Addressing the issue of the environmental impacts of chloride in the TCMA is a long-term endeavor. Water quality improvements may take time to observe, due to historical loadings, groundwater inputs, variable residence times, and other complicating factors. Continued monitoring of the TCMA lakes, wetlands, and streams for chloride is critical, along with documenting changes in winter maintenance activities, point source discharges, and water softener usage. Continued water quality monitoring along with improved source tracking will allow adaptive management and inform the future steps to restore and protect the TCMA waters. This CMP is intended to be revisited and revised within 10 years based on improved understanding. The update of the CMP will also include new waterbodies that are identified as impaired by chloride.

Water quality monitoring

Addressing the issue of chloride impacts on the environment in the TCMA is a long-term endeavor and it may take some time before water quality improvements are seen due to historical loadings, groundwater inputs, variable residence times and other complicating factors. Therefore, continued monitoring of the TCMA lakes, wetlands, and streams for chloride is critical as well as the need to document changes in winter maintenance activities, wastewater source discharges, and water softener usage. Continued water quality monitoring, along with improved understanding of the sources of chloride will allow adaptive management to take place and inform future steps needed to restore and protect TCMA waters. The CMP is intended to be revisited within 10 years and revised based on improved understanding.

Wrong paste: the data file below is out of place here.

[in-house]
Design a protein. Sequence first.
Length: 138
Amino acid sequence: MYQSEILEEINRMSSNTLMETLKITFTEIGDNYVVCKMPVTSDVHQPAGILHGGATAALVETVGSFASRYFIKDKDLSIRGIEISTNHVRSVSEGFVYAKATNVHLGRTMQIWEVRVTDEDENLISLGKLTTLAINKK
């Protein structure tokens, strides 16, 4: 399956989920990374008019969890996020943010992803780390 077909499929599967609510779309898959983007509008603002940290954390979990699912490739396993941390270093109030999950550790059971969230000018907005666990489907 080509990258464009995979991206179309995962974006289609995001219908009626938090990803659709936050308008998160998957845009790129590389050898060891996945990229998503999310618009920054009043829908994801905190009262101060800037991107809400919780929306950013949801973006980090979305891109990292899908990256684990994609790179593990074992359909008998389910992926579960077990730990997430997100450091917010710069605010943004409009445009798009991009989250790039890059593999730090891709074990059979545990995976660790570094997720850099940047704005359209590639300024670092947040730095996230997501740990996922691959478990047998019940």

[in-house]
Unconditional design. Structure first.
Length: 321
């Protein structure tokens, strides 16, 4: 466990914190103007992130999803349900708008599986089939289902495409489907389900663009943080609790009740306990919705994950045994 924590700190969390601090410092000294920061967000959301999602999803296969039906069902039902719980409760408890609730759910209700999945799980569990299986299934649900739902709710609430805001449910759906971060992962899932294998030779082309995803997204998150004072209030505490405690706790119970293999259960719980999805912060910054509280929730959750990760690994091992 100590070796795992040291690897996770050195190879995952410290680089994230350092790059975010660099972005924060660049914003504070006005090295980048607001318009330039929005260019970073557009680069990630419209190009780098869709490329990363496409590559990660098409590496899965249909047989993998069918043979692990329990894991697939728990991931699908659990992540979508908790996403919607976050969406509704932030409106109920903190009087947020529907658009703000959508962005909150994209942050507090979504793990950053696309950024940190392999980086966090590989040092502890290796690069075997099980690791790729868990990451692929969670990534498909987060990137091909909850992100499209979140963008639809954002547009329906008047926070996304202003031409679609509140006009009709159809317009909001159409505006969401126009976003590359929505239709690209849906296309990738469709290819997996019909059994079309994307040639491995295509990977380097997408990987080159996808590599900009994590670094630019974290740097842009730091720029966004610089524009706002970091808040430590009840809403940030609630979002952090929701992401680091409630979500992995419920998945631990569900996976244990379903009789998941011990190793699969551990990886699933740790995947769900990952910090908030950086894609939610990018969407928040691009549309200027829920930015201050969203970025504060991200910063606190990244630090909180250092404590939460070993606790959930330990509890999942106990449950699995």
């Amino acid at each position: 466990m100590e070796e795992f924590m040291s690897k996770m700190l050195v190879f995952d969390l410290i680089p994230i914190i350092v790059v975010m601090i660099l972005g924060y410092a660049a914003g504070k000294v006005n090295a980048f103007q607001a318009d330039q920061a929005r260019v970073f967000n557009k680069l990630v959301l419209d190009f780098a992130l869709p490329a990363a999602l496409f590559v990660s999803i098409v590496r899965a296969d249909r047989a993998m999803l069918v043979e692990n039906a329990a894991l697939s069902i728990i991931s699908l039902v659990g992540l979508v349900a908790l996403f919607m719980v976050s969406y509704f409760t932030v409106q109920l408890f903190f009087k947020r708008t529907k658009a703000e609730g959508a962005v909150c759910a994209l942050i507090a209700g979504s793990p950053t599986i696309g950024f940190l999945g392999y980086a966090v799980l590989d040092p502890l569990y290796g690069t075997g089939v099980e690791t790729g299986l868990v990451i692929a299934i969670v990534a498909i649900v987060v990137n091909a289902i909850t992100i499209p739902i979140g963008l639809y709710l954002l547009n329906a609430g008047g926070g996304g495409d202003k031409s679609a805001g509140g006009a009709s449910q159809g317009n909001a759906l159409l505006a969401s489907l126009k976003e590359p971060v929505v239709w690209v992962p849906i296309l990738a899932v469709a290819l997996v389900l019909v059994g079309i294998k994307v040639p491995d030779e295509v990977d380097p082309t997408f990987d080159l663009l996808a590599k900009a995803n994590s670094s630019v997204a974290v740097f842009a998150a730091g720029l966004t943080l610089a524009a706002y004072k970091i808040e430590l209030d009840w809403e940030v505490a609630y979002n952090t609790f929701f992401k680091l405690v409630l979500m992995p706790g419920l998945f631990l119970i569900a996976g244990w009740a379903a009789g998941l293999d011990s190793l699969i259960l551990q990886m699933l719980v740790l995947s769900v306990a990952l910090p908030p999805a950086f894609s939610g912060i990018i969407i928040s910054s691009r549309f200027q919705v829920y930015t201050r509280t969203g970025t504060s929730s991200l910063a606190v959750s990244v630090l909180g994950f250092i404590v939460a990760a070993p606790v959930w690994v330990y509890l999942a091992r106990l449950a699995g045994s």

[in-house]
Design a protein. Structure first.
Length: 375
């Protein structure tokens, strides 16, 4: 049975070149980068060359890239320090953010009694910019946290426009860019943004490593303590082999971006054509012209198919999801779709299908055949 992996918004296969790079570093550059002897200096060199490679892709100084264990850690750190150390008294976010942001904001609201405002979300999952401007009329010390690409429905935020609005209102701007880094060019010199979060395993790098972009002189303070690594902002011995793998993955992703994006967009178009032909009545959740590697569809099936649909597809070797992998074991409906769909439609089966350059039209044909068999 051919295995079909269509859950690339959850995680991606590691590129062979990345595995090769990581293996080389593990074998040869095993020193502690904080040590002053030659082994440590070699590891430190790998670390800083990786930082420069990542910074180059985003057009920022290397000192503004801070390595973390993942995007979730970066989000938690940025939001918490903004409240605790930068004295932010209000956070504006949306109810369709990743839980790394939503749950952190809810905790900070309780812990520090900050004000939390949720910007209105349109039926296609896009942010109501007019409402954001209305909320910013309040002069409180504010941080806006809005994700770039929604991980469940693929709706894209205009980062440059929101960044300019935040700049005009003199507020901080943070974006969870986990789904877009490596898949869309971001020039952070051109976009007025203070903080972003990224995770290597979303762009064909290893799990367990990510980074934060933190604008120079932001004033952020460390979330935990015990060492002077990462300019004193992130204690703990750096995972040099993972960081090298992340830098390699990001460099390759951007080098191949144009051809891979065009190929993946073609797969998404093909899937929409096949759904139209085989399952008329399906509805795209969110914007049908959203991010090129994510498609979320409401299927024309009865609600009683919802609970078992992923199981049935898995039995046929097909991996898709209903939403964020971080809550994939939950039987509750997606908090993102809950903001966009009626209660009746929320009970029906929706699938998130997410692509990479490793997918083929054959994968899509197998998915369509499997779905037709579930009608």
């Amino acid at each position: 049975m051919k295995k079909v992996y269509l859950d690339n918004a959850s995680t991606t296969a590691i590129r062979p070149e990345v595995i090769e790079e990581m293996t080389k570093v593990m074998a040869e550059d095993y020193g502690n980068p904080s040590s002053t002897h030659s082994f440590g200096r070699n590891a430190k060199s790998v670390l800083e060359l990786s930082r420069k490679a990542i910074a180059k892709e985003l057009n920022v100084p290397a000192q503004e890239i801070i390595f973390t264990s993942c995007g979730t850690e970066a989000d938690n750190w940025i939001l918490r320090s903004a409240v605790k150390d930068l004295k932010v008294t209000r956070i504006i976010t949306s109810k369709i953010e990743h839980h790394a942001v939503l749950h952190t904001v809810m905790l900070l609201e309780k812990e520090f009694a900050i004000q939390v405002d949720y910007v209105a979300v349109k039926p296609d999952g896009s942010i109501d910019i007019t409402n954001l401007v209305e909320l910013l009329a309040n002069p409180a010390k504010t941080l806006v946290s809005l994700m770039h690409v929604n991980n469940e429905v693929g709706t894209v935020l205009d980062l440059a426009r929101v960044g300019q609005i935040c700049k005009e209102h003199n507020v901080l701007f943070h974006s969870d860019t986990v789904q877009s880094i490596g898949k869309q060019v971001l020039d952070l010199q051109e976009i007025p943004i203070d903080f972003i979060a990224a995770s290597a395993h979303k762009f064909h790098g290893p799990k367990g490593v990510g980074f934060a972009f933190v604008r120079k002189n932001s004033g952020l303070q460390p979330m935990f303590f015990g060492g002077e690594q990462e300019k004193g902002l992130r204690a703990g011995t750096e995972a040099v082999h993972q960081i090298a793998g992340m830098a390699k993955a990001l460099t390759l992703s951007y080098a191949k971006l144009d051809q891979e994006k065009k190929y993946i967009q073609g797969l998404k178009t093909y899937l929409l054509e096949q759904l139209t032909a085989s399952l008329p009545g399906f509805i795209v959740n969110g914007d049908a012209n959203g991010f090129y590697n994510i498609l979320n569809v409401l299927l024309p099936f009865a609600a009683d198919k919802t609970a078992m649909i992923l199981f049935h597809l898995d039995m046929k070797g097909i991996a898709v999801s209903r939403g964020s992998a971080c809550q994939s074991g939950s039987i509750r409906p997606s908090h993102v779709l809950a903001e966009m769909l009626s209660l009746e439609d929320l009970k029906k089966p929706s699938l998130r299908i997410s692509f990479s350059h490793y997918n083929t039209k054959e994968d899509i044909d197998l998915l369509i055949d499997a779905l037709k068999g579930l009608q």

There are a number of organizations across the TCMA that monitor water quality or partner with others to conduct monitoring. In addition the MPCA, Metropolitan Council and the USGS also collect data throughout the TCMA. Incorporating the recommendations below into existing local water monitoring programs will provide valuable data to assist with tracking progress and meeting water quality goals. Monitoring should take place at the existing sites for consistency and comparison purposes. However, since monitoring activities are lead at the local level it will be dependent on available resources and local priorities. We encourage local monitoring data be shared with MPCA by routinely submitting data to the MPCA’s water quality database, EQuIS. The monitoring that MPCA conducts across the state follows the 10-year monitoring strategy as described in Minnesota’s Water Quality Monitoring Strategy report.

The MPCA has worked with the MSG to develop monitoring guidelines for lakes, streams, wetlands and storm sewers. Monitoring guidance documents are available on the MPCA TCMA chloride project website. The key components of continued monitoring to support the implementation of the CMP include: